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Upcoming Euclid Mission Will Shine a Bright Light on Dark Matter & Energy

It's pretty dark out there.

By Cassidy Ward

In the 2020 science fiction thriller The Invisible Man (streaming now on Peacock!), optical engineer and inventor Adrian Griffin (Oliver Jackson-Cohen) uses cutting edge optical technology to build a suit which renders the wearer invisible. After his supposed death, Griffin’s partner, Cecilia (Elisabeth Moss), learns just how effective the suit is, when he uses it to torment her from beyond the grave.

Knowing there is something out there, acting on your environment in ways you can’t see or understand, is a special kind of terror. And it’s a terror we all have to live with, thanks to the existence of dark matter and dark energy. All of the stuff we’ve ever seen, every gorgeous image of a galaxy, nebula, or supernova ever captured by Hubble or the JWST, makes up only about 5% of the actual stuff in the universe. The rest of it is dark matter and dark energy, which remain almost wholly mysterious. Scientists are hoping to change that with the launch of the Euclid spacecraft.

Euclid’s Mission to Reveal the Dark Universe

Roughly 25% of the stuff in the universe is invisible matter which exerts a gravitational influence but doesn’t otherwise interact. We can’t see it with our telescopes or sniff it out with our other astronomical instruments. We don’t really know what it is or how it works, but we know it must be there. As a result, it has earned the moniker of dark matter. The rest of the universe, roughly 70% of what’s out there, is dark energy. It’s equally mysterious and is believed to have a role in the ongoing expansion of the universe.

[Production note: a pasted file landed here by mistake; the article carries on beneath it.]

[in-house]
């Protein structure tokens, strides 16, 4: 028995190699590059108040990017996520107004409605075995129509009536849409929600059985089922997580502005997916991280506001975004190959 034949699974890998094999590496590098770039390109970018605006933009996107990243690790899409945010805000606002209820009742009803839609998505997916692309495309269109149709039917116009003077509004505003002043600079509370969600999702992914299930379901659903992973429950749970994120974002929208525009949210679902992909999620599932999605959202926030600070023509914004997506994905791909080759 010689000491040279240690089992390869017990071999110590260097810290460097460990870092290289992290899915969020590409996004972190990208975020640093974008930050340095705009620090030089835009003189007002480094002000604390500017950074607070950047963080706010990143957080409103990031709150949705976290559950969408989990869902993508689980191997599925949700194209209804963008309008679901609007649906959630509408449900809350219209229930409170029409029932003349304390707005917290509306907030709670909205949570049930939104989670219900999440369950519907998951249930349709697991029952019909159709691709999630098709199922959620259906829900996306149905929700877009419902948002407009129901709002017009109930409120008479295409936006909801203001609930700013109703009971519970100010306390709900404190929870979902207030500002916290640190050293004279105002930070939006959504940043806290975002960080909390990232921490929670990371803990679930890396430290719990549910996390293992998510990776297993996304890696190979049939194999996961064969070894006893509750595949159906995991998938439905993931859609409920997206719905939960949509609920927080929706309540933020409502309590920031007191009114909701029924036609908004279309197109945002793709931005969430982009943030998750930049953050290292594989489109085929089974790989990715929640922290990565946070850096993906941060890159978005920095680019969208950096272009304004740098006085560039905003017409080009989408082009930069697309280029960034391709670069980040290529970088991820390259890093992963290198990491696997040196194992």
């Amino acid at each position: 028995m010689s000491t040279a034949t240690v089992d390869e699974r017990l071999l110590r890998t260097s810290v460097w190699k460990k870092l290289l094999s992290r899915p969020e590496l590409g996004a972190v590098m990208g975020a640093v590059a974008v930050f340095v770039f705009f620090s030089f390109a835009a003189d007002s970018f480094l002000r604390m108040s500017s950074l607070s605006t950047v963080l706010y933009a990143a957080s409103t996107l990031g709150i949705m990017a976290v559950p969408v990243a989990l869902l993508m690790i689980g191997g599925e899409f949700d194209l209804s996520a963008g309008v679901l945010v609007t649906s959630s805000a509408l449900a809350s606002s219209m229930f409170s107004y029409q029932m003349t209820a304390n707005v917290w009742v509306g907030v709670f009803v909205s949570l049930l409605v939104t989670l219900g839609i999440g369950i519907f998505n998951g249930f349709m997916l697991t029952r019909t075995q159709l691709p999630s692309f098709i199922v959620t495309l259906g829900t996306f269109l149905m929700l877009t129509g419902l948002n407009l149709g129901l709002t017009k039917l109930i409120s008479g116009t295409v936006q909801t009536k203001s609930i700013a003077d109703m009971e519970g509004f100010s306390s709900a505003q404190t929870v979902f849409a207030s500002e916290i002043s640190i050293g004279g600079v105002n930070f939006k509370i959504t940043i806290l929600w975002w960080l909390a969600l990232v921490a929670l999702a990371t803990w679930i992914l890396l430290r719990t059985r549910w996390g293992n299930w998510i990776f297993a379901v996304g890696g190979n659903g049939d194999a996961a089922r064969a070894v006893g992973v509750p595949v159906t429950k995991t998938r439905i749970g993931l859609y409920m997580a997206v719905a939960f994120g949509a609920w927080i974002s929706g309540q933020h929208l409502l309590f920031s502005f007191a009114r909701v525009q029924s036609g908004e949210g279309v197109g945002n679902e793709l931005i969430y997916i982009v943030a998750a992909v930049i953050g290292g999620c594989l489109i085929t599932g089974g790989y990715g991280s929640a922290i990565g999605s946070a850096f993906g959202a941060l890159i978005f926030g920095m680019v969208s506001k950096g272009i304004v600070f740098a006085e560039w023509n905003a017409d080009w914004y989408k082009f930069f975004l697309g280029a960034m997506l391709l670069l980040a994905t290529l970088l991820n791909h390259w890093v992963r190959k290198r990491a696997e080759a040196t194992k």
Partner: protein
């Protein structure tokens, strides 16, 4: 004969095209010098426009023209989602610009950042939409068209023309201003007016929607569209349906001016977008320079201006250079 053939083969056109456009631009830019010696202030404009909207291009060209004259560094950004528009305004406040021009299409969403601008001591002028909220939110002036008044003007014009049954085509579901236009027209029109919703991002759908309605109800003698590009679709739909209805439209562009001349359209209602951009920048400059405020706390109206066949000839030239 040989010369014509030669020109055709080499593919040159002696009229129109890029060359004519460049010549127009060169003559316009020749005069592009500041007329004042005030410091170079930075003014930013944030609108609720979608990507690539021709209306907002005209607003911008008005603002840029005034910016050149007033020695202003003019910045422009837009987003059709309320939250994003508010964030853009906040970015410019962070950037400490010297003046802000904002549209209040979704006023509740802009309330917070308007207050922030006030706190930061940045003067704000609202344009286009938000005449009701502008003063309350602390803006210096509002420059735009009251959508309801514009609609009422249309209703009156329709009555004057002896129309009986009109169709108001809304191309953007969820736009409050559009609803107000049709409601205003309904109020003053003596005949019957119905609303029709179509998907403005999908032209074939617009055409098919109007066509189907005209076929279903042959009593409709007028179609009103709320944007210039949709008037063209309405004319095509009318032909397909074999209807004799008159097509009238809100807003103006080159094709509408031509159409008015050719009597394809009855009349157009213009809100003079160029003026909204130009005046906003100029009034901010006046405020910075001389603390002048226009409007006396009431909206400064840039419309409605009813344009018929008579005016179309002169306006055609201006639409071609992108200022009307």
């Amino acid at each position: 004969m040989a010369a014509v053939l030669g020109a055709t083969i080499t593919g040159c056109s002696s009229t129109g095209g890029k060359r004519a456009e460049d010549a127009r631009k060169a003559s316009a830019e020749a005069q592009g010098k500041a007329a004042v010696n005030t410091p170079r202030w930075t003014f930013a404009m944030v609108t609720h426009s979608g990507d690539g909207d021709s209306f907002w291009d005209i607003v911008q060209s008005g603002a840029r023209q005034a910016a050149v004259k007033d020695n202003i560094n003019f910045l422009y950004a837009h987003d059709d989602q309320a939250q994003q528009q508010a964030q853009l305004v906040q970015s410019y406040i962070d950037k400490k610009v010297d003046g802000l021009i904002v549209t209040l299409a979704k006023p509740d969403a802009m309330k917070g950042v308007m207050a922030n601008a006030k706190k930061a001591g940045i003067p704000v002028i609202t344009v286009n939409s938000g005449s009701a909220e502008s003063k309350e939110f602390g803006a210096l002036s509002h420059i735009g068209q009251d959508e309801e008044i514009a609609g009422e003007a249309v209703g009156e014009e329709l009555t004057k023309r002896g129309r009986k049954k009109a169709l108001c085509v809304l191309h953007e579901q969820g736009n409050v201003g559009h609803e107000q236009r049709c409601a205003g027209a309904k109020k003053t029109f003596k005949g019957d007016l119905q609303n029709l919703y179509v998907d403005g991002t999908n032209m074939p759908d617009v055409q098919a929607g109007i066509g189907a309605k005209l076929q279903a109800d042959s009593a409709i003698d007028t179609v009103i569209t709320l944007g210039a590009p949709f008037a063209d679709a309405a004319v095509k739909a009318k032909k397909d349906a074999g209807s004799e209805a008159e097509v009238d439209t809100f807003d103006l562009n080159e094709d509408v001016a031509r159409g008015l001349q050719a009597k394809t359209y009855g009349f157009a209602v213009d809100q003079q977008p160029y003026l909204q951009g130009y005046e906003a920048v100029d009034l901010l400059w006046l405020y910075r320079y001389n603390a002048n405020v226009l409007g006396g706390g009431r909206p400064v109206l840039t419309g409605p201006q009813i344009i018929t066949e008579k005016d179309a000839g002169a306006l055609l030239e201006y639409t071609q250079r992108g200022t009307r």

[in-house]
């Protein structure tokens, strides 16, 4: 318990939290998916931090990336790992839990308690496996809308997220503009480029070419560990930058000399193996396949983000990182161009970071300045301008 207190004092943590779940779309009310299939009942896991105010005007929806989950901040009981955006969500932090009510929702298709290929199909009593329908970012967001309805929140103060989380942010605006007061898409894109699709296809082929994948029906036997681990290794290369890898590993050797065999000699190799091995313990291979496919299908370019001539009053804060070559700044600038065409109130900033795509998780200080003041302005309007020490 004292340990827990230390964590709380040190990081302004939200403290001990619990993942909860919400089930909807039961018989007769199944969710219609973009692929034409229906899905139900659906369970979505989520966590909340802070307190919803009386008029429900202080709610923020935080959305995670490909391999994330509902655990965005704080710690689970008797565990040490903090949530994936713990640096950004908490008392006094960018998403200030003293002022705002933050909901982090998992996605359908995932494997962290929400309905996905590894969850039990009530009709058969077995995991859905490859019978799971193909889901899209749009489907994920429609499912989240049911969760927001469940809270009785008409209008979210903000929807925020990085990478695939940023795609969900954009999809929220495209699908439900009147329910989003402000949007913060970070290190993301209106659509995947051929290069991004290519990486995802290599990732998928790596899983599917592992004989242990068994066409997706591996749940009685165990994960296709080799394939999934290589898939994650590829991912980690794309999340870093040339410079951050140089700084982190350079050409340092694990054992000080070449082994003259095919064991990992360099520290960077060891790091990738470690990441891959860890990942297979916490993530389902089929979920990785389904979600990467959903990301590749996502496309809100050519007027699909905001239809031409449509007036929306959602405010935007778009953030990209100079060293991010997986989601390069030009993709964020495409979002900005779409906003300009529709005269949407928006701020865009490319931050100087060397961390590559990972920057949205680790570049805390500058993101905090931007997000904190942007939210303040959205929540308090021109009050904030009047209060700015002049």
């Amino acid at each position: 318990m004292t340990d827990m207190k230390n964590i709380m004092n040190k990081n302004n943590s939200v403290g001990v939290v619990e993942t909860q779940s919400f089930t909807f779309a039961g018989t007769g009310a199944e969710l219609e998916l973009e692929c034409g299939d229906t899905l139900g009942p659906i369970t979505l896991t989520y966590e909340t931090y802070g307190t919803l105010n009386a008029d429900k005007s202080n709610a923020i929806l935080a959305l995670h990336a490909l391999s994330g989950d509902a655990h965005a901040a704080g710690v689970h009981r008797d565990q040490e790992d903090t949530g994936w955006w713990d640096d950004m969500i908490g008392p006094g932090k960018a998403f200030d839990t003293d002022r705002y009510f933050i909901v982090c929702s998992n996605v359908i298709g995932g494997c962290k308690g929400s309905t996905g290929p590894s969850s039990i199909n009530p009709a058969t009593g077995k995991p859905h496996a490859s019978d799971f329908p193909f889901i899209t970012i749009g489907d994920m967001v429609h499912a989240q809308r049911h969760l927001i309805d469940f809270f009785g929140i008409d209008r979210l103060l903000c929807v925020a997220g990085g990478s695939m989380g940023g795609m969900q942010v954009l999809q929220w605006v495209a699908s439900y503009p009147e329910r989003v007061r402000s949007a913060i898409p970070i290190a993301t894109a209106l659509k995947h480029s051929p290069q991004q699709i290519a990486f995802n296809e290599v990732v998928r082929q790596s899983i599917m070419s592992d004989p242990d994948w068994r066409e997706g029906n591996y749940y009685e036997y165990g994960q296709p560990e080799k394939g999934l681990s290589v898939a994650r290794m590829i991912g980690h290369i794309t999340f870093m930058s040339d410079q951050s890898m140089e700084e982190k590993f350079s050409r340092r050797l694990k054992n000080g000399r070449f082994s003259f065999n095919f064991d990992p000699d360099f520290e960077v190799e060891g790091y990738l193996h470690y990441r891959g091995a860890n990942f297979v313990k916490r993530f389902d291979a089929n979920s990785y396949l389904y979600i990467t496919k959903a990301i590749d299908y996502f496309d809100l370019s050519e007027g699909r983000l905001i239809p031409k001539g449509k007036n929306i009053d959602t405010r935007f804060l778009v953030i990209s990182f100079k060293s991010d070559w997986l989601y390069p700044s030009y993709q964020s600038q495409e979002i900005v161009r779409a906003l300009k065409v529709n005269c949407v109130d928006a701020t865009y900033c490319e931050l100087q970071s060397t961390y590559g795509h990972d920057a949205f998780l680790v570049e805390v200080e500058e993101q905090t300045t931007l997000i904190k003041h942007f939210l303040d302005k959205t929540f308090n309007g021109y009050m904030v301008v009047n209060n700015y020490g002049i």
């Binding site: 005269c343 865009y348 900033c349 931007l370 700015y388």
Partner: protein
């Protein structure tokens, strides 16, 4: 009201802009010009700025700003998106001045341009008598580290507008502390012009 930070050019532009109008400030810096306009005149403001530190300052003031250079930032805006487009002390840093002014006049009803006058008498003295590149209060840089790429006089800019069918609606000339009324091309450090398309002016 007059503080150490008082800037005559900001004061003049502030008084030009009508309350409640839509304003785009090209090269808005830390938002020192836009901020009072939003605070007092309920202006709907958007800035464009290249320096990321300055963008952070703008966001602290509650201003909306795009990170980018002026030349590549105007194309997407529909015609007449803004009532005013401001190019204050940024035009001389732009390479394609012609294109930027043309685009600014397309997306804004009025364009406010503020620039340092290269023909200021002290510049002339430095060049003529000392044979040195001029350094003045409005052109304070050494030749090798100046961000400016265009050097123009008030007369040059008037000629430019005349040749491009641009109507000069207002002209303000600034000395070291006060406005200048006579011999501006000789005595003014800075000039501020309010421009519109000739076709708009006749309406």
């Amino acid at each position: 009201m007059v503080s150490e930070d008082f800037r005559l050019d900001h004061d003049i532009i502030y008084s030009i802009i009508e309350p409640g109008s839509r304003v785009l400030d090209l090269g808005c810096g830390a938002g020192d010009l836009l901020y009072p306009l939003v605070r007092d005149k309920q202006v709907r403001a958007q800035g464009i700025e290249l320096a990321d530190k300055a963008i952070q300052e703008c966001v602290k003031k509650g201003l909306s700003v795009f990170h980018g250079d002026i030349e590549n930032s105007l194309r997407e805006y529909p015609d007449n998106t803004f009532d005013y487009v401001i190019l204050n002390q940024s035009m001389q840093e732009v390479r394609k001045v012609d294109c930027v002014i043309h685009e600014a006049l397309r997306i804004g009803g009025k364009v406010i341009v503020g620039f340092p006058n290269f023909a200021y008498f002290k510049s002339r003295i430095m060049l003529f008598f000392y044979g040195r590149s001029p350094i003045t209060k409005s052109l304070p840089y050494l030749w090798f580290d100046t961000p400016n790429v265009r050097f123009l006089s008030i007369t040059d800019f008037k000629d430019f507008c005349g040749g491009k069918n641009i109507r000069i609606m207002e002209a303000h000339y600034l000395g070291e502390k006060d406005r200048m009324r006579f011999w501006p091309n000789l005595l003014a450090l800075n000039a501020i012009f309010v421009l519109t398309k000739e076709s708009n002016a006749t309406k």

RELATED: Dark Matter May Have Come From a Second, Darker Big Bang

Understanding the origin, characteristics, and role of dark matter and dark energy is one of the biggest challenges in modern astronomy, and Euclid plans to tackle it head on. The spacecraft is a collaboration between the European Space Agency (ESA) and the Euclid Consortium, a group of more than 2,600 people from laboratories and organizations all over the world. It includes participants from 14 European nations, as well as Japan, Canada, and the United States.

Artist impression of the Euclid mission in space

Over its several-year mission, Euclid will create the largest and most accurate 3D map of the universe ever made. It will build its map with two onboard instruments: the visible-wavelength camera (VIS) and the Near-Infrared Spectrometer and Photometer (NISP).

The NISP instrument will measure the brightness and intensity of light from billions of galaxies across a distance of 10 billion light-years. The map will cover roughly a third of the sky, focusing on areas not dominated by the Milky Way to get the best view of distant objects. NISP will then calculate the redshift and true distance of those galaxies to create a map of the universe across both space and time. By covering the last 10 billion years of the universe’s evolution in precise detail, astronomers hope to reveal the role of dark energy in the expansion of the universe.

Illustration of Euclid on its way to L2

Meanwhile, the VIS camera will measure the shape of the same galaxies looking for irregularities. Distortions in spacetime revealed as lensing events around galaxies will reveal the distribution of dark matter throughout the cosmos. The combined data from both instruments will result in the most detailed map of the universe to date, and hopefully shine a light onto the mysteries of dark matter and dark energy in the process.

RELATED: Dark matter planets might exist, and we have ways to find them

At the time of writing, Euclid has been fueled with hydrazine and gaseous nitrogen, in preparation for launch. Once in orbit at Earth’s L2 Lagrange point, six cold gas micro-propulsion thrusters will use the onboard fuel to make the minute adjustments necessary to return clear images. When the mission is over, the last of the fuel will kick Euclid into the cosmic trash heap.

Launch of the Euclid spacecraft is scheduled for July 1, 2023, with a backup launch date the following day.

Invisible things might be horrifying, but they’re certainly interesting. Catch The Invisible Man, streaming now on Peacock!

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